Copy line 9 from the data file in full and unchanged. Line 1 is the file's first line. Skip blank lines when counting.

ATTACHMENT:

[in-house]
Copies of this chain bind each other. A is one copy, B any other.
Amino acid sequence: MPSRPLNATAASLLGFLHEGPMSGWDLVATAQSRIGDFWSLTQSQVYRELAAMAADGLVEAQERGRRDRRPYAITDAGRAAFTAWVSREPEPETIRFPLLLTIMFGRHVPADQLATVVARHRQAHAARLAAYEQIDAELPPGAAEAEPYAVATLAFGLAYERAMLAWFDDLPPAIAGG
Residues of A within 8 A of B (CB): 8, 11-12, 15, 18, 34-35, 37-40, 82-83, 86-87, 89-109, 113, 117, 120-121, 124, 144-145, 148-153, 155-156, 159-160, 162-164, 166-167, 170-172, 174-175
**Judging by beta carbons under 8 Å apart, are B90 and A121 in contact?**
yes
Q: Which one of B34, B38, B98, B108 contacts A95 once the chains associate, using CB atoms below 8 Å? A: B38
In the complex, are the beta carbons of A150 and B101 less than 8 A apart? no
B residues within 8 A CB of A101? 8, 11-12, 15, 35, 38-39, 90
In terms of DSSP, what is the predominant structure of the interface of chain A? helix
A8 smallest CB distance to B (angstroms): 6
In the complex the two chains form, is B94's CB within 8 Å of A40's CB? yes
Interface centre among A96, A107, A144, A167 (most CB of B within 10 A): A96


B residues within 8 A CB of A101? 8, 11-12, 15, 35, 38-39, 90